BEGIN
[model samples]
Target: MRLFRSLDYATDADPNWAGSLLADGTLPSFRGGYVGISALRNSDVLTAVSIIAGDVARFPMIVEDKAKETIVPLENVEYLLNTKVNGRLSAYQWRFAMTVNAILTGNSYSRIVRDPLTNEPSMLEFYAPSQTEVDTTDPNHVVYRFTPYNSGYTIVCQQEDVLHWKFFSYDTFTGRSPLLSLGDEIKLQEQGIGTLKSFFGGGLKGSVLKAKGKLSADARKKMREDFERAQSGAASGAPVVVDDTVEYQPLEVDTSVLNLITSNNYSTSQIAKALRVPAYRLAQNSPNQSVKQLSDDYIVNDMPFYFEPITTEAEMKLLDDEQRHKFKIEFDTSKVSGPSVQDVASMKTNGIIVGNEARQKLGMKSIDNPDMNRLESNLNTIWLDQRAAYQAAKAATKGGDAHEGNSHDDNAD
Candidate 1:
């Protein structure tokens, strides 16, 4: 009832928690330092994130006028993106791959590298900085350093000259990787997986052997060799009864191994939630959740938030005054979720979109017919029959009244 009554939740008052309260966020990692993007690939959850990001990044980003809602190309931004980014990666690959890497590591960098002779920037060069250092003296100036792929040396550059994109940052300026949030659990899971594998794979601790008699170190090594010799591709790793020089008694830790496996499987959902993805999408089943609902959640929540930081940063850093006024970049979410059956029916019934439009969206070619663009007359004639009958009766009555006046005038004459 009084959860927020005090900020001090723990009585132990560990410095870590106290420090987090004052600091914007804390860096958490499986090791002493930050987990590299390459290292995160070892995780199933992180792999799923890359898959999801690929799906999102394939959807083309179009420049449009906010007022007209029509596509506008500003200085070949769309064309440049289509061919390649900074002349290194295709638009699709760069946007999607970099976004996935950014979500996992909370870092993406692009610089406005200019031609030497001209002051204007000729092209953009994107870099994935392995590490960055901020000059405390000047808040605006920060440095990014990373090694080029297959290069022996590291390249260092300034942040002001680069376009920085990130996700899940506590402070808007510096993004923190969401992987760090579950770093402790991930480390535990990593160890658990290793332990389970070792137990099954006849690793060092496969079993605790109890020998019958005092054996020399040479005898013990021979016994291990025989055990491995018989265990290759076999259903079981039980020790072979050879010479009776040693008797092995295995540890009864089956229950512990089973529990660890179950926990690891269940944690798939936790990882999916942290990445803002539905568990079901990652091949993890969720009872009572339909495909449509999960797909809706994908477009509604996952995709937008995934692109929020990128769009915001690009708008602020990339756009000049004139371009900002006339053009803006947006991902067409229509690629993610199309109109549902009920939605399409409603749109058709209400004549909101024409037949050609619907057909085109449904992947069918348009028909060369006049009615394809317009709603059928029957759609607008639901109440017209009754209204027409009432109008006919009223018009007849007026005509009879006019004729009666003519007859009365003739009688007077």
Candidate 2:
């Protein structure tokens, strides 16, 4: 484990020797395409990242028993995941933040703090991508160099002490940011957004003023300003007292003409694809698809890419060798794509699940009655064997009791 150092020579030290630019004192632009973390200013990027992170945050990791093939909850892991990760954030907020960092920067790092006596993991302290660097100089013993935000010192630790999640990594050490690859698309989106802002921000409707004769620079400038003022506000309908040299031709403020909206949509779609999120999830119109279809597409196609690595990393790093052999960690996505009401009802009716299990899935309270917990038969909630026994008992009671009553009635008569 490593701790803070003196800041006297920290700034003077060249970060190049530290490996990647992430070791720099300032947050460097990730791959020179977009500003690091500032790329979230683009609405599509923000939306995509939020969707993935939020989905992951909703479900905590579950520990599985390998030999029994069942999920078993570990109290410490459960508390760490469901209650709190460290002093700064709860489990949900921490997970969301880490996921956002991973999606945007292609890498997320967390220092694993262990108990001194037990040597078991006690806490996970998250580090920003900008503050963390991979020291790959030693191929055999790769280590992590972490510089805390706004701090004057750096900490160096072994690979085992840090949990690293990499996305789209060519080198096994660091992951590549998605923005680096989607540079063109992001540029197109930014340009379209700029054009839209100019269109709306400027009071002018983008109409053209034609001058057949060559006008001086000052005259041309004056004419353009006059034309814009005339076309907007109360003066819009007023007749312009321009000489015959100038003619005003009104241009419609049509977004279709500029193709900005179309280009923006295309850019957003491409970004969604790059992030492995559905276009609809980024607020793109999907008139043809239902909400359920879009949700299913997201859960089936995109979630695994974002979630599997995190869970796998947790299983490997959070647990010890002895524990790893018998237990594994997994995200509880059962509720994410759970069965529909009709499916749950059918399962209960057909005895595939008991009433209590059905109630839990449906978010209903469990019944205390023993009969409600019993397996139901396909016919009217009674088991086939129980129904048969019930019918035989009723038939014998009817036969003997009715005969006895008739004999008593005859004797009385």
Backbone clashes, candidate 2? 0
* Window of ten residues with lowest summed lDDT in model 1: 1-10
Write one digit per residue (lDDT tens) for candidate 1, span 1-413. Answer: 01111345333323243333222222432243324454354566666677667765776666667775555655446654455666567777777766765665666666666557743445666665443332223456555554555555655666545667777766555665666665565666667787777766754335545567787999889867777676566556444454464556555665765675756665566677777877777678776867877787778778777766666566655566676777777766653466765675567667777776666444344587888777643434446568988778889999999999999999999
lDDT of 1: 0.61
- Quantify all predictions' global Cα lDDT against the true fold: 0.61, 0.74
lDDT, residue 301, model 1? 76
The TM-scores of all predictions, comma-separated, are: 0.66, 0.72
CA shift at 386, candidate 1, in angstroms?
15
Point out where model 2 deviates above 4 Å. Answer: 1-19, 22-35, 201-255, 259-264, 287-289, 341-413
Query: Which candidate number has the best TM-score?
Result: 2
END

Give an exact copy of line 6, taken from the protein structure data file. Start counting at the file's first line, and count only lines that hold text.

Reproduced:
């Protein structure tokens, strides 16, 4: 484990020797395409990242028993995941933040703090991508160099002490940011957004003023300003007292003409694809698809890419060798794509699940009655064997009791 150092020579030290630019004192632009973390200013990027992170945050990791093939909850892991990760954030907020960092920067790092006596993991302290660097100089013993935000010192630790999640990594050490690859698309989106802002921000409707004769620079400038003022506000309908040299031709403020909206949509779609999120999830119109279809597409196609690595990393790093052999960690996505009401009802009716299990899935309270917990038969909630026994008992009671009553009635008569 490593701790803070003196800041006297920290700034003077060249970060190049530290490996990647992430070791720099300032947050460097990730791959020179977009500003690091500032790329979230683009609405599509923000939306995509939020969707993935939020989905992951909703479900905590579950520990599985390998030999029994069942999920078993570990109290410490459960508390760490469901209650709190460290002093700064709860489990949900921490997970969301880490996921956002991973999606945007292609890498997320967390220092694993262990108990001194037990040597078991006690806490996970998250580090920003900008503050963390991979020291790959030693191929055999790769280590992590972490510089805390706004701090004057750096900490160096072994690979085992840090949990690293990499996305789209060519080198096994660091992951590549998605923005680096989607540079063109992001540029197109930014340009379209700029054009839209100019269109709306400027009071002018983008109409053209034609001058057949060559006008001086000052005259041309004056004419353009006059034309814009005339076309907007109360003066819009007023007749312009321009000489015959100038003619005003009104241009419609049509977004279709500029193709900005179309280009923006295309850019957003491409970004969604790059992030492995559905276009609809980024607020793109999907008139043809239902909400359920879009949700299913997201859960089936995109979630695994974002979630599997995190869970796998947790299983490997959070647990010890002895524990790893018998237990594994997994995200509880059962509720994410759970069965529909009709499916749950059918399962209960057909005895595939008991009433209590059905109630839990449906978010209903469990019944205390023993009969409600019993397996139901396909016919009217009674088991086939129980129904048969019930019918035989009723038939014998009817036969003997009715005969006895008739004999008593005859004797009385």